WHAT YOU WILL LEARN IN THIS CHAPTER:
How to design a document data model in an object graph
How to observe, change, and sort Core Data objects using Cocoa Bindings
How to create your own Core Data objects and insert them into a managed object context
How to manually set and get values from Core Data objects
How Core Data and Cocoa Bindings interact with other Cocoa archiving technologies
In the last chapter you learned a few things about document-based applications. In the examples and exercises you dealt with simple documents, text files and images, and how to focus on user interface and dataflow issues. Applications often want to store their own data, in a format specific to that application. What do you do if a file format doesn't exist that Cocoa knows about? You make one.
There are many ways to deal with your own document format. And Cocoa itself has made many attempts at solving this problem over the years. The property list format you saw in Chapter 5 is one example. Many Cocoa programs use property lists to store their own document data, because they are easily understood, many tools exist for working with them, and with a little effort they can store any kind of Objective-C object. Recently, Core Data has emerged as a preferred way of solving this problem among many Cocoa programmers.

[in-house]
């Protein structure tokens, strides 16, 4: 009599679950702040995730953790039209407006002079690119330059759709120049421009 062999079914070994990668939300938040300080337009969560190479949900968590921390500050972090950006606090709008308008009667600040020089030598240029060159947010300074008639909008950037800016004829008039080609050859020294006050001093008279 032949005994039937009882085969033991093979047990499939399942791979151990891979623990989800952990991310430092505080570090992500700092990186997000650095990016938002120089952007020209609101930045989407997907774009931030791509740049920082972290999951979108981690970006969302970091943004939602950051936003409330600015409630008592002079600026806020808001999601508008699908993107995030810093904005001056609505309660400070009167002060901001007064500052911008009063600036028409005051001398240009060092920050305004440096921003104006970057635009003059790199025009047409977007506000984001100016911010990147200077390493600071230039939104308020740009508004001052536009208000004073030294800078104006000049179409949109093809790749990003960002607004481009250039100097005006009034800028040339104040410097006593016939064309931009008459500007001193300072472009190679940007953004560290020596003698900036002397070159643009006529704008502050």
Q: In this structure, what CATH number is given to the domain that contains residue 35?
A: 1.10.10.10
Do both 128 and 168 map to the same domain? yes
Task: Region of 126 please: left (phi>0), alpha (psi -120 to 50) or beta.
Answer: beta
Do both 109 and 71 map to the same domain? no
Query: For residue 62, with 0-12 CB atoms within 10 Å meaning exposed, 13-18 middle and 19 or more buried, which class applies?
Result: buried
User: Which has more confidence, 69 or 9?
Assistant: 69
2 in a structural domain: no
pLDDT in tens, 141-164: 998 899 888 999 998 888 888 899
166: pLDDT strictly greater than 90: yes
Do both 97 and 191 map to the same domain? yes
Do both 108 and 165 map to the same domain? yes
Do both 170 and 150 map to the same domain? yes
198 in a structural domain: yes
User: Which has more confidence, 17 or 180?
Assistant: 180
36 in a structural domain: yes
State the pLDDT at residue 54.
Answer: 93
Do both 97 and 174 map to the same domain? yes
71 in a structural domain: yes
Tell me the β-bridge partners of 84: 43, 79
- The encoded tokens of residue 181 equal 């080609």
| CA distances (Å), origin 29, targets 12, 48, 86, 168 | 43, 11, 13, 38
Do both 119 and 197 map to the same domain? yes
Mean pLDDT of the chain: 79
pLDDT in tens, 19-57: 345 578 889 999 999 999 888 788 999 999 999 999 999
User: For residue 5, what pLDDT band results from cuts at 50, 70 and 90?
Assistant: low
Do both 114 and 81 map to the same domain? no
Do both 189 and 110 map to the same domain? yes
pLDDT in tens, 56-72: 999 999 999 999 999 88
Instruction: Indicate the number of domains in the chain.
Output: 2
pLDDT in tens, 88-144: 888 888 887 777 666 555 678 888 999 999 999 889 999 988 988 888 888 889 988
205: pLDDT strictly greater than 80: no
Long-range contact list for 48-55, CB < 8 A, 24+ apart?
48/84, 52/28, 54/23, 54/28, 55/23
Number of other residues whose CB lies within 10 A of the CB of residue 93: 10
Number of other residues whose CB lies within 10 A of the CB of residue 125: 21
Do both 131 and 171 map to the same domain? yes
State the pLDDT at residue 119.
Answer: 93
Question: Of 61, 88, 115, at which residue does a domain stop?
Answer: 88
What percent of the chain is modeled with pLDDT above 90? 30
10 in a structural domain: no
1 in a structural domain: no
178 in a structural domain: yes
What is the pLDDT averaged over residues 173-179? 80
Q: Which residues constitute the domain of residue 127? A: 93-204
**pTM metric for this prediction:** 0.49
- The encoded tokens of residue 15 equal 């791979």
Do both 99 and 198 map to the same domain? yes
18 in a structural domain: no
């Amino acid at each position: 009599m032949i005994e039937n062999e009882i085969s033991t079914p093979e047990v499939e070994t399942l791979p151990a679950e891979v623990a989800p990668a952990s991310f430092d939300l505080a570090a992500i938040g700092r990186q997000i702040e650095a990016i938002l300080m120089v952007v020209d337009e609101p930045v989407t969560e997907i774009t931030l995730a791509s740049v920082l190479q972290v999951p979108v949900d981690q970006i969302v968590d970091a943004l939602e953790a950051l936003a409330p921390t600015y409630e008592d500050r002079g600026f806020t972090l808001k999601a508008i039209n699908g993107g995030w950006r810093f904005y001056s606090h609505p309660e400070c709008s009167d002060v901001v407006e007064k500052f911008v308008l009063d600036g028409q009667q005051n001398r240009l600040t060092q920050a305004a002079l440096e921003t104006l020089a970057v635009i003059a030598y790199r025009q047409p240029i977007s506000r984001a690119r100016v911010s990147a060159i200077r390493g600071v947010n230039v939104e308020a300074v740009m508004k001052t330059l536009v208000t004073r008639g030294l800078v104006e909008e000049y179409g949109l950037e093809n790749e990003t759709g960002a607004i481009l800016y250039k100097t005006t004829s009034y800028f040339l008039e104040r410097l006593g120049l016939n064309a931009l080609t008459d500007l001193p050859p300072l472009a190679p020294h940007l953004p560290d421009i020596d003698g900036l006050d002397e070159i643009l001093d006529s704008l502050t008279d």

Core Data provides a way to store collections of Objective-C objects in a database. When talking about a document-based application, you can think of ...